She was risking death, and she knew it. On average, 91 people a day in the United States died of an opioid overdose in 2015, the latest figures available from the Centers for Disease Control and Prevention, and projections show the death rate will continue to rise. Overall, California’s opioid death rate is relatively low: 4.73 deaths per 100,000 people. Still, 1,966 Californians died of an opioid overdose in 2015. Kern County’s rate was nearly double the state’s in 2015, and some sparsely populated rural counties, mostly up north, have rates that are far higher.
Policymakers fear the death risk is growing as use of fentanyl moves west. A synthetic opioid estimated to be 50 to 100 times stronger than morphine, fentanyl has caused numerous overdoses and deaths on the East Coast. Some policymakers fear the fentanyl monster is heading to California, a potentially vast market of addicts.
“We really feel an urgency in California to increase access to services so if and when fentanyl arrives, we are more prepared to deal with it,” said Marlies Perez, chief of the Substance Use Disorder Compliance Division at DHCS.
Immediate, convenient access to these treatments is key. “It is very important for someone in the middle of addiction to access treatment when they are ready,” said Pfeifer. “There are these moments when people have wake-up calls — when they are ready to seek care and get out of the chaos of trying to get drugs to feel normal again.”
‘What do I do?’
Menzel’s wake-up happened when she noticed that she was still sick after a morning heroin injection. After an angry call to her drug dealer to accuse him of ripping her off, Menzel soon realized it wasn’t fake heroin — she was pregnant.
She took the bus to the emergency room in Bakersfield. “I’m fully addicted to heroin,” she blurted out to the ER doctor. “What do I do?” The doctor told her, “If you want to save your baby, you need to get on methadone.”
Affording methadone wasn’t a problem for Menzel. Medi-Cal, the state’s version of the Medicaid program for the poor, covered the costs. What impeded her was the daily trip from Lake Isabella to Bakersfield — an hour-plus bus ride down the curving canyon road. A round-trip ticket cost $5, more than she could spare. And if she missed an early bus back, she had to stay most of the day in Bakersfield to catch the next one.
For safety’s sake, the clinic started her at a low dose, increasing the amount until it was just right for her. But that beginning dose didn’t stave off the withdrawals, so she continued to use heroin and meth. She started to miss too many days of treatment and was kicked out of the program.
Menzel’s mother got her back in, promising the clinic that she would drive her daughter there every day. That meant quitting her job at Meals on Wheels.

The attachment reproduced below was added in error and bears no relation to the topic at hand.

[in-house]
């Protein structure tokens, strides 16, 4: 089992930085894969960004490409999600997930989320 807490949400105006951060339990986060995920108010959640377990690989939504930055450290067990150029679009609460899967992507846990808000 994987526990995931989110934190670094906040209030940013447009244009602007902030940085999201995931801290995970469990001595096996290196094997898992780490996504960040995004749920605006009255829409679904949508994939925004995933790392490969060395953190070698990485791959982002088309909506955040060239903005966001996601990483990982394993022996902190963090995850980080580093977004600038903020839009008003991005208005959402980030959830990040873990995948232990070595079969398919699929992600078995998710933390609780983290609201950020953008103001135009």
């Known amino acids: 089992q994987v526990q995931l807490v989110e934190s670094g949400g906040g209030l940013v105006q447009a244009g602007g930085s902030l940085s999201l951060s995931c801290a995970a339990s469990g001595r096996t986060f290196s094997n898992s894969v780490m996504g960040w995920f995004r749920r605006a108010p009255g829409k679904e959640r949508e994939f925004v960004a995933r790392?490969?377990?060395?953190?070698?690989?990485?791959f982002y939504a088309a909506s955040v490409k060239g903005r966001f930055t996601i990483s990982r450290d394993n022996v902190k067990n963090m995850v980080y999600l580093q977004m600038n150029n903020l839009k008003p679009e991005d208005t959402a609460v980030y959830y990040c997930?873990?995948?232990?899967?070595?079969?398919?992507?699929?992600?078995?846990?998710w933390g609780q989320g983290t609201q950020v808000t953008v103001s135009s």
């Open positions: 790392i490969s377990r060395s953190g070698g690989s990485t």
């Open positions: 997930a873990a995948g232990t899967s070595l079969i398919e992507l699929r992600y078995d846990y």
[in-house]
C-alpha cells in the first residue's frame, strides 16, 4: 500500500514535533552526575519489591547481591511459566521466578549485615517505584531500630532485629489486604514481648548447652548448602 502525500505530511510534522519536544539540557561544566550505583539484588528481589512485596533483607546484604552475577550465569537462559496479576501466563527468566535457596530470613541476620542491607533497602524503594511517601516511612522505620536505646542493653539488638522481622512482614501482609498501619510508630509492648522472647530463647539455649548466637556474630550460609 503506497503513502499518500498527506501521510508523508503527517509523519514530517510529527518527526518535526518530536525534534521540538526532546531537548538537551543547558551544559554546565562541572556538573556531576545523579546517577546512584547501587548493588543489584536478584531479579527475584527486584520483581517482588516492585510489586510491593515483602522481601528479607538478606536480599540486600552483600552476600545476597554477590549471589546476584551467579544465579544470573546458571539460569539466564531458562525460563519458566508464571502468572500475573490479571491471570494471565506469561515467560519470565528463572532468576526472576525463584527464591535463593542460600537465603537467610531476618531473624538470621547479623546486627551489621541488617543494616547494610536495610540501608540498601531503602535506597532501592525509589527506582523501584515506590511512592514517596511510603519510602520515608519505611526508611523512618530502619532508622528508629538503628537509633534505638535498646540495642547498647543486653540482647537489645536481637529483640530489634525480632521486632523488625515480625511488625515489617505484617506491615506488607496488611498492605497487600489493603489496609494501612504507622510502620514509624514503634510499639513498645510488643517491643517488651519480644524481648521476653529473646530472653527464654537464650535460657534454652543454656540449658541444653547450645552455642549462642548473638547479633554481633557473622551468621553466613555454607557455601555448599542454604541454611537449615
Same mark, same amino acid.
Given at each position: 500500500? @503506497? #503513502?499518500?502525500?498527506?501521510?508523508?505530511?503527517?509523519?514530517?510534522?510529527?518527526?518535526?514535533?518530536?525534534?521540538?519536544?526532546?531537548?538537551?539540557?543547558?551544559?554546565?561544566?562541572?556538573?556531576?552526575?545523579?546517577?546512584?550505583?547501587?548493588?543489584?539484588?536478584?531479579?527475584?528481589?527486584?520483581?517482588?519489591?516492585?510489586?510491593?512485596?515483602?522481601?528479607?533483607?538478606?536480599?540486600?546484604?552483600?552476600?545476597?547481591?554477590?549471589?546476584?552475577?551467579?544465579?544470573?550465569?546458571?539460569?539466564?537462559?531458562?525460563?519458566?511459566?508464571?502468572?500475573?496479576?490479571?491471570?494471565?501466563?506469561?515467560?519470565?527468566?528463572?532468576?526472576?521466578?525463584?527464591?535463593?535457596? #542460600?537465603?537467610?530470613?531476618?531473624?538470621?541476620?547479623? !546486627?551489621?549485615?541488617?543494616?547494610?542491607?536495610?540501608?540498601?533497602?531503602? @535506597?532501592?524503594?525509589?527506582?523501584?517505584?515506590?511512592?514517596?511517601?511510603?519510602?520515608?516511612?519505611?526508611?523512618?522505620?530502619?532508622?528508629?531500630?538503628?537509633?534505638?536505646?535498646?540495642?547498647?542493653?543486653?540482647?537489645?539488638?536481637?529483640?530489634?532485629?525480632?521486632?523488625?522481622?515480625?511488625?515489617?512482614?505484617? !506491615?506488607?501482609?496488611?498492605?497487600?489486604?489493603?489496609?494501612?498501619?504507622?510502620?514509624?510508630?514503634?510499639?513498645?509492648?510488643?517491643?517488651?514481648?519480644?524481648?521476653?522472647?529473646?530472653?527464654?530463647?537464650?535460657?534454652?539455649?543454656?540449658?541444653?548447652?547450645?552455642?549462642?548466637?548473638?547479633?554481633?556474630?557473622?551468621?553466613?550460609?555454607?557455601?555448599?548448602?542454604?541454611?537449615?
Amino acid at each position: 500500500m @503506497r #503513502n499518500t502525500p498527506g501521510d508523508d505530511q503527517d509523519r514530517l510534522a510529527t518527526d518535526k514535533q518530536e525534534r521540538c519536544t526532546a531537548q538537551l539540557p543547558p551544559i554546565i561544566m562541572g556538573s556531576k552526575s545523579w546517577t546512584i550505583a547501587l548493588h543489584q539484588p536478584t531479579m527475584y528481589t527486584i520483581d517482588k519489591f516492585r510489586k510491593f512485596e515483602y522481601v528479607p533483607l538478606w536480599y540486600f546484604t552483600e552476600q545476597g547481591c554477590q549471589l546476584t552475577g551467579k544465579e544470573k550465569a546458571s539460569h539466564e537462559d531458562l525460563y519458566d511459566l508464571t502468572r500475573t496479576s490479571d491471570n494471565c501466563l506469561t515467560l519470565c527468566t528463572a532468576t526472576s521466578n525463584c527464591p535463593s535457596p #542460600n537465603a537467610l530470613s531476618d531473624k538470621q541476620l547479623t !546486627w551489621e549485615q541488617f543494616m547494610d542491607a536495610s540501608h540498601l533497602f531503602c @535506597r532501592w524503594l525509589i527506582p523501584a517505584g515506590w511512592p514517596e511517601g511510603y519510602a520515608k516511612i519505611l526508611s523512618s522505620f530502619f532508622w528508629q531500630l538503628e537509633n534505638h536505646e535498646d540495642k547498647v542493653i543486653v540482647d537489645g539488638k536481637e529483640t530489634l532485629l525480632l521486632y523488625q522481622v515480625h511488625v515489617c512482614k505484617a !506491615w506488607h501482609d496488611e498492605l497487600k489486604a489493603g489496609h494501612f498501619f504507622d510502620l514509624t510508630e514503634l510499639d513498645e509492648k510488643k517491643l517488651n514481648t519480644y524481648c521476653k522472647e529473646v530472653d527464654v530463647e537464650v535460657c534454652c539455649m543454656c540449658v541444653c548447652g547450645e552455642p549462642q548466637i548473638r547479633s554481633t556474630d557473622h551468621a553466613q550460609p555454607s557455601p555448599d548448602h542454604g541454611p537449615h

“The fact you have to travel an hour to two hours every day to receive treatment requires somebody to operate a vehicle, pay for gas, and for some of our patients that is impossible,” said Javier Moreno, who manages the narcotics treatment programs in the Central Valley for Aegis Treatment Centers, the state’s largest methadone provider.
His Bakersfield clinics serve about 20 people in the Lake Isabella area, but Moreno thinks many more residents could benefit from MAT.
‘I made it’
Menzel didn’t take the ideal path to getting clean. But she eventually began to feel the groove of methadone, and her cravings for heroin subsided. After a couple of months, she was able to get methadone “take-home” doses for the weekend. She started riding the bus again to give her mother, who has the autoimmune disease lupus, a break.
“I was big and pregnant,” said Menzel, who woke up Monday through Friday at 5:30 a.m. to catch the bus. “I had to ask the bus driver to pull over and pee a lot. But I made it.”
In May 2015, Menzel gave birth to a healthy girl and named her Bella. She said she hasn’t used heroin or any other drug, besides methadone, in more than two years. She’s on a maintenance methadone dose, just 39 milligrams compared with 140 mg she used to take and plans to cut back until she is off it completely. Now she drives herself to the clinic every other week and has enrolled in community college, hoping to become a certified drug and alcohol counselor.
“I don’t know if there will ever be a methadone clinic in the Kern River Valley,” Menzel said. But if one ever arrives, she said, she’d love to work there.
“I really want to work with other pregnant women who will be going through the same thing that I went through.”
Source: New feed